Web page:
Ty Lawson, Stephen Curry

PBT NBA Playoff Preview: Golden State Warriors vs. Denver Nuggets


Denver: 57-25 third in the West
Golden State: 47-35 sixth in the West

The Nuggets won the season series 3-1, which included two 11 point victories and a double overtime win in their first match up of the season. The Warriors lone win was by a single point when David Lee dominated with a 31 point, 9 rebound performance while taking Kenneth Faried to school. However, the last time these teams faced off was January 13th and since then both teams are improved and battle tested.

Denver: The big injury is the torn ACL that will keep Danilo Gallinari out  for this series (and any other the Nuggets may play these playoffs). Kenneth Faried is nursing a sprained ankle which kept him out of Denver’s final 2 regular season games, but is hopeful he can return for game one.

Golden State: Andrew Bogut is dealing a sore ankle but should be ready to go for game one. Draymond Green (knee tendonitis) and Andris Biedrins (lower back tightness) both missed the Warriors’ season finale, but both should also be fine to play in this series. Brandon Rush missed the entire season with a torn ACL and remains sidelined.

OFFENSE/DEFENSE RANKINGS (points per 100 possession)

Nuggets: offense 107.6 (5th best in NBA), defense 102.0 (11th in NBA)
Warriors: offense 104.2 (10th in NBA), defense 102.6 (13th in NBA)

Differential: Nuggets +5.6 (5th in NBA), Warriors +1.6 (11th in NBA)


Stephen Curry: Curry is known for his silky jumper with the lightning quick release, but if the Warriors are to prevail in this series he’ll need to be more than just a scorer. The Warriors are at their best when he mixes his shot making with creating for others. If he can effectively find that balance this team gets very, very dangerous. When Curry is guarded by like sized defenders (I’m looking at you, Ty Lawson) he can score in bunches. But if the Nuggets switch Andre Iguodala or Corey Brewer onto him, Curry will need to find ways to beat the defense with his playmaking by using the threat of his own offense to generate good looks for others.

David Lee: Lee is the Warriors’ All-Star and against the Nuggets he’s going to have to play like it for them to advance. Lee offers a multi-faceted game that can be used to bludgeon the undersized Faried, but he must be assertive in working his way into the post rather than just floating around the perimeter as a jump shooter and faciltator. Lee’s rebounding will also be key as the Nuggets are one of the best at corralling their own misses and getting second chance points. If Lee can be a paint presence on both sides of the floor over the course of the entire series, the Warriors chances to win this series go up dramatically.

Protecting the paint: The Nuggets lead the league in shot attempts at the rim and points in the paint. Stopping them from getting and/or converting those looks is the most important part of the Warriors defensive game plan. To do so Andrew Bogut will need to prove healthy and fit enough to get up and down the floor to patrol the middle and deter shots without fouling. The Warriors will also need to commit to getting back on defense to ensure that they aren’t destroyed by Denver run-outs in transition.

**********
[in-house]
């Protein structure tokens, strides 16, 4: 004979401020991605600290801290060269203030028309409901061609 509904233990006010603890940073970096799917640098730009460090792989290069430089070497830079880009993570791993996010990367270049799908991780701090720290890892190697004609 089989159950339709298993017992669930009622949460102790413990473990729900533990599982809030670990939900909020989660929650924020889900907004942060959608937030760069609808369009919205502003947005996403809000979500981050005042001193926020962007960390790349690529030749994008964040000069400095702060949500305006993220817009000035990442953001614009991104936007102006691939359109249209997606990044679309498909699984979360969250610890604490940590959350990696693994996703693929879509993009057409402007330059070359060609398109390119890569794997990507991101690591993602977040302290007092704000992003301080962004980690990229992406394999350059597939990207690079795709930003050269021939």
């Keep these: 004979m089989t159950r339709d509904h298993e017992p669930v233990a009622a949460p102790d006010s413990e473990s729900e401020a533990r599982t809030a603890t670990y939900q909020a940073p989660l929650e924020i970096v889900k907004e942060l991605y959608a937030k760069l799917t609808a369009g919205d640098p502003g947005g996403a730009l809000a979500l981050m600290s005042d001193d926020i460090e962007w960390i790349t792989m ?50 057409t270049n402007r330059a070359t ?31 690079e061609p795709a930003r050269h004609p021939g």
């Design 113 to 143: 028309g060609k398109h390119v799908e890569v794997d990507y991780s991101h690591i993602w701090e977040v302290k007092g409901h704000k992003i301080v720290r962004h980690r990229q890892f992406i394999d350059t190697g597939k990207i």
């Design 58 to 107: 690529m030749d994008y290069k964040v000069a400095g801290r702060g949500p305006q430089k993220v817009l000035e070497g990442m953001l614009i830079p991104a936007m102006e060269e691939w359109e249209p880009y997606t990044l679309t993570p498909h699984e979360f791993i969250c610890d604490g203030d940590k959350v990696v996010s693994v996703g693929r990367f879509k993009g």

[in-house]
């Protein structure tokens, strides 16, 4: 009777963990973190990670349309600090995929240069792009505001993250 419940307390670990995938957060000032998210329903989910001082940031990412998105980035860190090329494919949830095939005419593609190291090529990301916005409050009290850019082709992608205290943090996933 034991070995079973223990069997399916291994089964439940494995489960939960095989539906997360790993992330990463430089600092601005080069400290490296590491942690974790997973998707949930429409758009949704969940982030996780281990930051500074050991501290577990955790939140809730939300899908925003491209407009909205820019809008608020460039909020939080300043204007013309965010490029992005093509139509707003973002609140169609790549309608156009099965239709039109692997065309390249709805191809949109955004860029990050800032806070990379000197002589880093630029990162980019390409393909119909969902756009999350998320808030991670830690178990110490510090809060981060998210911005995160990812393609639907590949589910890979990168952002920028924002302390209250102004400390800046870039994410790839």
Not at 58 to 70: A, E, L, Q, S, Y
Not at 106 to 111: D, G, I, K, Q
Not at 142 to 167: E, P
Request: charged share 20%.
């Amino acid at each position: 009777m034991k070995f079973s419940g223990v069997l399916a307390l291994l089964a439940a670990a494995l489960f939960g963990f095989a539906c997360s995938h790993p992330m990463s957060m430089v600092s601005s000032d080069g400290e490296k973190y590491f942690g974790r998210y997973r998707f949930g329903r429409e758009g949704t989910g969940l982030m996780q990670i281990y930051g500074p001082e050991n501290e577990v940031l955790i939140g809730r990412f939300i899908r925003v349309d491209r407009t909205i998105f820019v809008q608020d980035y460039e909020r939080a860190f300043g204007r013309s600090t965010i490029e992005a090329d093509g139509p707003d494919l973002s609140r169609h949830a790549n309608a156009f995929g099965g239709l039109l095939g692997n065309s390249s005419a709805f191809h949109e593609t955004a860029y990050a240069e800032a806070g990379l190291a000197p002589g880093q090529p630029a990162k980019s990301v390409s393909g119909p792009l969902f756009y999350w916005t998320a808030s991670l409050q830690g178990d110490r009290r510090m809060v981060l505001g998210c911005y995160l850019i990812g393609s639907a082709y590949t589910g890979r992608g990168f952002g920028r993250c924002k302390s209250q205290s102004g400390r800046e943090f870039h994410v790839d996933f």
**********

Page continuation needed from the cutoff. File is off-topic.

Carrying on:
Ty Lawson: On any given night any one of a handful of players can carry the mantle as Denver’s “best”, but Lawson will need to consistently be that guy for the Nuggets in this series. With Curry attacking him on one end, Lawson will need to give as much (or more) than he receives in the battle at the point. Lawson will need to push the pace, get into the lane, hit his jumper, and create for his teammates out of the pick and roll and when working in isolation. If he does all those things while not getting destroyed on defense, this series tilts Denver’s way rather clearly.

Wilson Chandler: With Gallinari injured, someone will need to pick up the scoring slack and Chandler is the Nuggets’ best option to do so. He has the ability to stretch the floor as a shooter, but can also get into the paint off the dribble or in transition to finish inside. For the Nuggets to generate the type of spacing they’ll need to maintain their dribble drive attack, Chandler will need to hit shots on a consistent basis. And, if he can have an explosive scoring night or two, he could easily turn the series in Denver’s favor — especially if one of them comes on the road.

Three point defense: The Nuggets were 29th in the league in both opponent three point field goals allowed and three point field goals made. Meanwhile, the Warriors led the league in three point field goal percentage and were 8th in total threes made. Needless to say, if the Nuggets allow the Warriors to simply camp behind the arc and shoot the long ball, they will be in trouble as Curry, Klay Thompson, Jarrett Jack and company roast them. Denver’s pick and roll coverage will need to be sharp to deny those step back shots that Curry loves and they’ll also need to effectively help on penetration and recover back out to shooters in order to run guys off the line and into less efficient shots.


From a sheer entertainment standpoint, this series has a chance of being the best match up of the entire first round. Both teams bring high octane offenses built on fast paced attacks, though both offer different means to get to those ends. The Nuggets want to run for dunks and lay ups while the Warriors want to run into early offensive chances that set up their jump shooting attack. Whichever defense does a better job of limiting the looks their opponent has thrived on all year has the best chance of winning, though it won’t come easy for either side.

The interesting part is that the Warriors offer the more diverse offense and should be able to put stress on the Nuggets through that varied attack. With Lee and Carl Landry working the interior and Curry, Thompson, and Jack working the perimeter, the Warriors can bring a balance that the Nuggets should have trouble containing. Add in Warriors’ coach Mark Jackson’s penchant for attacking the mismatch until the opposing team finds a way to stop it, and the formula is there for Golden State to give Denver fits on the offensive side of the ball.